Pokemon Go's New Social Network, Campfire, Is a Doorway to Niantic's AR Multiverse

Scott Stein Editor at Large
I started with CNET reviewing laptops in 2009. Now I explore wearable tech, VR/AR, tablets, gaming and future/emerging trends in our changing world. Other obsessions include magic, immersive theater, puzzles, board games, cooking, improv and the New York Jets. My background includes an MFA in theater which I apply to thinking about immersive experiences of the future.
Expertise VR and AR, gaming, metaverse technologies, wearable tech, tablets Credentials
  • Nearly 20 years writing about tech, and over a decade reviewing wearable tech, VR, and AR products and apps
Scott Stein
4 min read
Three phone screens showing maps and chat with friends using Niantic's Campfire.

Niantic's Campfire is a social network and chat app for its games. It could become even more.


What's happening

Pokemon Go creator Niantic is launching its own social network app, Campfire. It'll slowly become available for Pokemon Go players over the next few months.

Why it matters

Niantic's metaverse aspirations go beyond games to a future world of AR glasses. The company sees its map-enabled social network app as a necessary step.

What's next

Future Niantic games and even AR experiences could be connected to Campfire in the future. For now, it's a standalone phone app.

Finding your way to events in Pokemon Go is going to get easier. In fact, Niantic's building an entire map-enabled social network and messaging app just to help.

Campfire isn't just a tool for Pokemon Go players; it's aiming to be Niantic's social glue across all of its mobile games, and it'll eventually offer a doorway to its AR-connected experiences of the future. Think of it as Discord mixed with Google Maps, with a reality-channel browser possibility down the road. While it may not appear this way on the surface, Campfire is very much Niantic's next-step play for the metaverse

The app, announced earlier this year at Niantic's developer-focused Lightship conference, started working in closed beta with Ingress players before beginning a slow rollout to some Pokemon Go players this week, with the app arriving globally over the next few months.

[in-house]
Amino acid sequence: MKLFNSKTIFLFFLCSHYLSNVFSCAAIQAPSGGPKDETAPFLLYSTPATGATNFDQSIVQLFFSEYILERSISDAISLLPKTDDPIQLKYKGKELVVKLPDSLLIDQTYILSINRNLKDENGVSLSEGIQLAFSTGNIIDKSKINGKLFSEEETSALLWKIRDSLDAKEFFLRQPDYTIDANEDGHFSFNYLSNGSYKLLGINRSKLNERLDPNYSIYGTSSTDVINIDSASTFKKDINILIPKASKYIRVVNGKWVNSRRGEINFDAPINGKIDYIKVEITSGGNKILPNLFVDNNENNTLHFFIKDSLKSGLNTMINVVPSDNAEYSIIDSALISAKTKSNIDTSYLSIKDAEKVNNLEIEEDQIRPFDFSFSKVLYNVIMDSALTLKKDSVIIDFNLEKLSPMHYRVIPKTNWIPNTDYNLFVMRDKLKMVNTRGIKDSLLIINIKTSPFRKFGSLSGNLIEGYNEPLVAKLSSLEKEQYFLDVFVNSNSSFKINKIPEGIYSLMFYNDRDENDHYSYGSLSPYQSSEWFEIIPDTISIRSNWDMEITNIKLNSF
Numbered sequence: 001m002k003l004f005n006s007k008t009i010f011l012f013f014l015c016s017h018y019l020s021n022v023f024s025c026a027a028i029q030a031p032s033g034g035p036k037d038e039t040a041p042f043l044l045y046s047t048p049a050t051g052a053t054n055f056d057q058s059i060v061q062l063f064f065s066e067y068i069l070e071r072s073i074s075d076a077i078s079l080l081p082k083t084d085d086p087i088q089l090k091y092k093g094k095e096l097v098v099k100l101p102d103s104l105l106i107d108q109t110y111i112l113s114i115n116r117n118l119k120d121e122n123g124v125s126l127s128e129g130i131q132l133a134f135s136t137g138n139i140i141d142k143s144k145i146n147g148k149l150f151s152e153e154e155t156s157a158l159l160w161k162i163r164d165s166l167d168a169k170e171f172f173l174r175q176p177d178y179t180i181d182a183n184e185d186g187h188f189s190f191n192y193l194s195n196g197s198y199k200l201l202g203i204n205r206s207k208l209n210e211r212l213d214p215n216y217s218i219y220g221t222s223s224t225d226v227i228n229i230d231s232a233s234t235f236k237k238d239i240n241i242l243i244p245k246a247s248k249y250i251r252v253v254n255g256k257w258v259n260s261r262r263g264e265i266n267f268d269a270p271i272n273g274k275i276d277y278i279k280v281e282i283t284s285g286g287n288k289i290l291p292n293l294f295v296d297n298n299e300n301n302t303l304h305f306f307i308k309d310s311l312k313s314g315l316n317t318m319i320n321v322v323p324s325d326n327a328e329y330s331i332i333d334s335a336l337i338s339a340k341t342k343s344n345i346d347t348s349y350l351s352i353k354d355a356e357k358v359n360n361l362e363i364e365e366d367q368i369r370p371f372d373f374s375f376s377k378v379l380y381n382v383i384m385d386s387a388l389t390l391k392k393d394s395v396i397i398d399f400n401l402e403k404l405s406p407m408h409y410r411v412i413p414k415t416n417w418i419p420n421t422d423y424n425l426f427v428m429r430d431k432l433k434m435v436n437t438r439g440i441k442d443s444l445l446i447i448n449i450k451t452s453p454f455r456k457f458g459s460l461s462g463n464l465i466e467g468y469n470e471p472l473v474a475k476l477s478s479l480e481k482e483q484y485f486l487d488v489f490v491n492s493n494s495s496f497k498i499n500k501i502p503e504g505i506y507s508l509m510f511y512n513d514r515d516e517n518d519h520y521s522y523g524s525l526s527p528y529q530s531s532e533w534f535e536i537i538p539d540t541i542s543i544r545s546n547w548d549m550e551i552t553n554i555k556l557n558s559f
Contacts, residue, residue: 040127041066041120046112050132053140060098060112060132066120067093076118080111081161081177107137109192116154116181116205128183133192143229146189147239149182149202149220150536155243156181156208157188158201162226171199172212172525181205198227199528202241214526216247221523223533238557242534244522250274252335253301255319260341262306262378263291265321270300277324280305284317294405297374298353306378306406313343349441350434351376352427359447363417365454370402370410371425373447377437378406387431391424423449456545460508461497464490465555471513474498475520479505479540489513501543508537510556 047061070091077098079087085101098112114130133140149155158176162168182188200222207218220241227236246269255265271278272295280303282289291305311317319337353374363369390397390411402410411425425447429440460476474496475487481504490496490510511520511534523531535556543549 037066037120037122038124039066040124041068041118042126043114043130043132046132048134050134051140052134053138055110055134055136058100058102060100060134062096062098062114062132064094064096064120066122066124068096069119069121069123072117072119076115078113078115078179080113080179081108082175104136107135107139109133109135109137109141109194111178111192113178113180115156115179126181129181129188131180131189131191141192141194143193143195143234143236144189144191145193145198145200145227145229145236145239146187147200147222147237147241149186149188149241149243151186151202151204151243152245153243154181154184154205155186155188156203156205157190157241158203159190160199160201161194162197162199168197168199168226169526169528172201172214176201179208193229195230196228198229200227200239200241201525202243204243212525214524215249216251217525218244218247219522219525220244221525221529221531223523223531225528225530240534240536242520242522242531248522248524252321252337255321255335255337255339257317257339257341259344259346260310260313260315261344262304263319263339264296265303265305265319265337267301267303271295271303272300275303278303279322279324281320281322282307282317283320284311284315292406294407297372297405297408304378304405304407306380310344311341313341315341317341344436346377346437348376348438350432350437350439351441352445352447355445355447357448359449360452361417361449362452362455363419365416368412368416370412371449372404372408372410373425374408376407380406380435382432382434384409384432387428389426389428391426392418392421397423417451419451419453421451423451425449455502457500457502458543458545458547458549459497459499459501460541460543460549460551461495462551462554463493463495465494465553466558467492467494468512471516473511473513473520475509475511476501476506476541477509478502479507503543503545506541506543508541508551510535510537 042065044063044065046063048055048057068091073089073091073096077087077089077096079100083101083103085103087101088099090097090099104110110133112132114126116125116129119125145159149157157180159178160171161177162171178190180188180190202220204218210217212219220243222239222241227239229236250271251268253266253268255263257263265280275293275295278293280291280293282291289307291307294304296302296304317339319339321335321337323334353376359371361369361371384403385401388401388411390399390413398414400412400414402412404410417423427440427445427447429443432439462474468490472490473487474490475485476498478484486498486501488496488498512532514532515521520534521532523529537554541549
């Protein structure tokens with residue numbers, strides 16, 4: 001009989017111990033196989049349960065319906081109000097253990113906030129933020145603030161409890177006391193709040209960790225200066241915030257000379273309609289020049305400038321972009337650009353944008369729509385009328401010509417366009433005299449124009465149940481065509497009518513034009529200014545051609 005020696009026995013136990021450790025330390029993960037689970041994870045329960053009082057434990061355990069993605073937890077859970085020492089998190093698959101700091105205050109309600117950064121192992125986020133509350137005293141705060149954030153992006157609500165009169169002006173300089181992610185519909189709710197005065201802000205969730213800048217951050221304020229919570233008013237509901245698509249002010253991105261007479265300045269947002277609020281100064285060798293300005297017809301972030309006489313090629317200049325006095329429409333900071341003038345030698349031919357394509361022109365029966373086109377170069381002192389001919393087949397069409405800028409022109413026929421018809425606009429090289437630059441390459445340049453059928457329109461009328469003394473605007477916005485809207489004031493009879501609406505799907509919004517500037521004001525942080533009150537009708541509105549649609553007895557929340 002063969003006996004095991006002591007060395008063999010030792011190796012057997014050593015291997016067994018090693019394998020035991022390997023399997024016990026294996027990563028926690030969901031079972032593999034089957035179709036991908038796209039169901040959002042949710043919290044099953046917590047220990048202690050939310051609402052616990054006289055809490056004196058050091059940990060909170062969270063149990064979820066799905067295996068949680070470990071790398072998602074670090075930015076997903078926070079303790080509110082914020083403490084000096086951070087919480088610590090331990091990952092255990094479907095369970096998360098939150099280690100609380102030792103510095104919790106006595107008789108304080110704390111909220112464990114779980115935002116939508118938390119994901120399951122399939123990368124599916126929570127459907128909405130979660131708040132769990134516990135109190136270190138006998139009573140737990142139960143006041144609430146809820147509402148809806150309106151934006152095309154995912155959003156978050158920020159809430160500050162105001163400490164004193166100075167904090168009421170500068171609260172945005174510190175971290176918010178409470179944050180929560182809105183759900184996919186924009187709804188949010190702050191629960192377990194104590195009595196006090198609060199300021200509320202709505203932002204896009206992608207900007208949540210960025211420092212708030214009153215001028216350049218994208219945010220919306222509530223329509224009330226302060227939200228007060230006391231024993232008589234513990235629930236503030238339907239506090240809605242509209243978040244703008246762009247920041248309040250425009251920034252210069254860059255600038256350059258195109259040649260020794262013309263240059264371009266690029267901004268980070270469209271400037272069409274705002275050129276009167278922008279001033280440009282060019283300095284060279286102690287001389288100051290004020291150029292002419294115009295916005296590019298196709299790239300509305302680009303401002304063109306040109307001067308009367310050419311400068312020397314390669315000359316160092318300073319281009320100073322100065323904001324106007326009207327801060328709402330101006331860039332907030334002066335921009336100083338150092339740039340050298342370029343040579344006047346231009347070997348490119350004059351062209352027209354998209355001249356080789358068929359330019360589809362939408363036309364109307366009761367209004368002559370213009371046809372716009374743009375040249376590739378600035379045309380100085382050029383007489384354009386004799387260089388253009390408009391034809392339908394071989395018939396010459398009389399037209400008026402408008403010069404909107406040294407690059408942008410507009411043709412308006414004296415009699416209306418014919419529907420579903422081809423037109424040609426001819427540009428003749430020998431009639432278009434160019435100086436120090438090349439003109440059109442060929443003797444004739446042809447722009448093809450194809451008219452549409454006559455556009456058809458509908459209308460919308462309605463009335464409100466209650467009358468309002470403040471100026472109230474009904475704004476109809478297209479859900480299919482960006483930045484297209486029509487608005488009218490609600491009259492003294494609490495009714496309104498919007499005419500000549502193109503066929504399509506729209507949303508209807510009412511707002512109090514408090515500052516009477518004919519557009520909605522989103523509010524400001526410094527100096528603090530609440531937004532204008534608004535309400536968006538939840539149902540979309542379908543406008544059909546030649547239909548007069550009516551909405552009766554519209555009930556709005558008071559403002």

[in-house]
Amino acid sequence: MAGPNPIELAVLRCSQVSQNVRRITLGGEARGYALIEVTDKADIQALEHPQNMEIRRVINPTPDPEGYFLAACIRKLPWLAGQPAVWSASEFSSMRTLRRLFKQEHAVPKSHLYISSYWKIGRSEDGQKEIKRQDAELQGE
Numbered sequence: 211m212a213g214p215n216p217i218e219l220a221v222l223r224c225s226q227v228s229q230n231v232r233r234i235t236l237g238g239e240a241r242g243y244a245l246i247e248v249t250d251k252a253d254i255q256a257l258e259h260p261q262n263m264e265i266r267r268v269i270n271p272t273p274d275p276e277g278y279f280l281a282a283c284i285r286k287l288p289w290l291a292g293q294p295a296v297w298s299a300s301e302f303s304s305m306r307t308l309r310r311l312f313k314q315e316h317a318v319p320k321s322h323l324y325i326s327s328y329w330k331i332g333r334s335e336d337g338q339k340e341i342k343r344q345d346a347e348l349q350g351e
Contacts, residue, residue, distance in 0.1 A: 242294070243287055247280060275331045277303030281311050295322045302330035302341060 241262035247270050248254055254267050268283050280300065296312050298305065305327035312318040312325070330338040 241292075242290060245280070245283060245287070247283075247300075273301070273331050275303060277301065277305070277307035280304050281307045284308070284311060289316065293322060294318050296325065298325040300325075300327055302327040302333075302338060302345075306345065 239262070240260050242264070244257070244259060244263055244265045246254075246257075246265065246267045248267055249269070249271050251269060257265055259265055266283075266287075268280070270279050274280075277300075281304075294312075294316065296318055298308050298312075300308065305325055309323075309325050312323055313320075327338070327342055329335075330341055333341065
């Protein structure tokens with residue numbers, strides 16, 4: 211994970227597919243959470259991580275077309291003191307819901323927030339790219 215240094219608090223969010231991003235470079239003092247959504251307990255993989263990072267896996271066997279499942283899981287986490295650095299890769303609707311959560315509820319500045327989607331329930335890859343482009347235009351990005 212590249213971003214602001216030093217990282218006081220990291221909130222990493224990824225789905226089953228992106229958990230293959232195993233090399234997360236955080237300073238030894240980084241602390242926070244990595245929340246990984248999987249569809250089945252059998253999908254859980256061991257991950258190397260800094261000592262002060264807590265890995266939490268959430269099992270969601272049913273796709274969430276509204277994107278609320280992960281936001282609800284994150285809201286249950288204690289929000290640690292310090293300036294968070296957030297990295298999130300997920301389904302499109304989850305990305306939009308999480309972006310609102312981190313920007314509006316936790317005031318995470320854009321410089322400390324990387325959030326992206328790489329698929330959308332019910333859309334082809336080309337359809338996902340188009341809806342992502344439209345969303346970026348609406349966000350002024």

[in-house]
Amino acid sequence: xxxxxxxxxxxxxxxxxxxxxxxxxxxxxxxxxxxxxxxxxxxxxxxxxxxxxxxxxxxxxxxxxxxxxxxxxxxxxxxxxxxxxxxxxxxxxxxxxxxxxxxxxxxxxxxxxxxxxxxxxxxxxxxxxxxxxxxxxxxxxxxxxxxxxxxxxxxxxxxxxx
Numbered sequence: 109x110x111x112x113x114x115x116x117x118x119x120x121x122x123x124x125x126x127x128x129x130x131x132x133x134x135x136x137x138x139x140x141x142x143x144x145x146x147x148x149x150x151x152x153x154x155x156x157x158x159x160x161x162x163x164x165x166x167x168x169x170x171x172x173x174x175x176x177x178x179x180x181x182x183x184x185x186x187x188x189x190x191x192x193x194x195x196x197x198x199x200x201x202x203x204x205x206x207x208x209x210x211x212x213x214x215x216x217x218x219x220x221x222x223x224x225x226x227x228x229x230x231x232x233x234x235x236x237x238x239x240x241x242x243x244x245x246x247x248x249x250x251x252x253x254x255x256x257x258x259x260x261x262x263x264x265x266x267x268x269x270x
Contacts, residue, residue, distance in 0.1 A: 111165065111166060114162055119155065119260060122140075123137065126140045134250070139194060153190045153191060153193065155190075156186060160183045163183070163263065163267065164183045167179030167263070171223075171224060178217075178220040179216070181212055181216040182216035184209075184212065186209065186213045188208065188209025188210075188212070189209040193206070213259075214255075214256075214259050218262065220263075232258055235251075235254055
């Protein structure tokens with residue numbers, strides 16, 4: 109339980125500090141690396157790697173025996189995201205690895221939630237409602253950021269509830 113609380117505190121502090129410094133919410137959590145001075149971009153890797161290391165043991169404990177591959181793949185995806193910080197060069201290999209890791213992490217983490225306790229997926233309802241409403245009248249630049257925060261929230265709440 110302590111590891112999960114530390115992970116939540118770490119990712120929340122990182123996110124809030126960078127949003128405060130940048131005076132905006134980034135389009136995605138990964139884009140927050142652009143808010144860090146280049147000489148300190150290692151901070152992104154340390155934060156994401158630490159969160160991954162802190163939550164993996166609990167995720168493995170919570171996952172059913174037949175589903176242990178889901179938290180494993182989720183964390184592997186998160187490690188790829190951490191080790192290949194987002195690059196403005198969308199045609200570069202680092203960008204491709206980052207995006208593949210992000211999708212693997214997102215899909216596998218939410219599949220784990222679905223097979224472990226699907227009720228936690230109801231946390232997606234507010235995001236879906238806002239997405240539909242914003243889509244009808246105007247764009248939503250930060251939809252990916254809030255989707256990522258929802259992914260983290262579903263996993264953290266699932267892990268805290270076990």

The separate app acts like a launcher or a browser for local events, and has local community groups sorted by game that can be joined. It's a way to jump into local events, or even create an event down the road when more interconnected apps using Campfire start to arrive.

The app shows events through a map in a standard 2D layout, with green "flares" that can be sent out to indicate where something interesting is going on. Those flares can be visible to anyone playing, making a sort of heat map on local events, but while they're public, they're also anonymous, and they only last for 10 minutes. The flares could be repeated by others, too, forming a real-time sense of where big game events might be. Alternatively, you could send another person on Campfire a one-hour location-based ping of where you are, but the app doesn't otherwise reveal player locations.

"We think there's going to be this natural kind of organic movement of players as they figure out where the cool stuff is," Niantic's Campfire lead, Ivan Zhou, told me as he demoed the app to me over video chat, showing how the chat and flare features would work while playing.

Using Campfire means swapping back and forth between Pokemon Go (or another Niantic game) and the app, although there's also a simplified heads-up display of Campfire's map that will also appear in Pokemon Go, too, minus the chat features.

Players have to be over 13 to use Campfire. The app will use Niantic account IDs, but will consolidate existing accounts from other Niantic games. 

Campfire reminds me a lot of Discord, or Facebook Messenger and Groups. It's largely focused on connecting with friends and discovering group events. Zhou equates Campfire's standalone app launch as being similar to how Facebook Messenger started as a standalone app before eventually being integrated into Facebook, suggesting that more of Campfire's social network could land in Niantic's games over time.

But Niantic's larger-scale vision, as already outlined by CEO John Hanke, is one involving augmented-reality enabled experiences that can be seen on phones or with smart glasses. Niantic calls these separate AR universes "reality channels," and Campfire's ability to swap between several games is seen as a starting point for them and the way we'll browse them.

Campfire has its own icons that allow you to switch between views for different games, with others planned to enter the app over time. "We're bringing more and more content from our developers of our games to this surface area," says Zhou. "But we don't want you to flip through 500 different channels. So we're going to create this home experience where we're able to intelligently surface content to you and let you connect with that content with your friends."

Many of Niantic's games, including Pokemon Go and Pikmin Bloom, have AR features that use phone cameras to display virtual objects in the real world, but Campfire doesn't. Not yet, at least. Niantic's Zhou says that it's certainly a possibility for future updates, though. In much the same way that pop-up AR can already appear in other apps, Campfire might eventually enable the same. 

"We're starting with this 2D surface area, but we've designed it knowing that it's going to inflate into a 3D surface area over time," Zhou adds. "And we think a lot about how we're setting the right foundation to start supporting more and more of that. I think the power of Campfire being across scientific experiences that we're building, as a first party, is we get to really define that kind of future ecosystem here."

As metaverse concepts continue dovetailing with social network models, other apps and games might follow this model, too.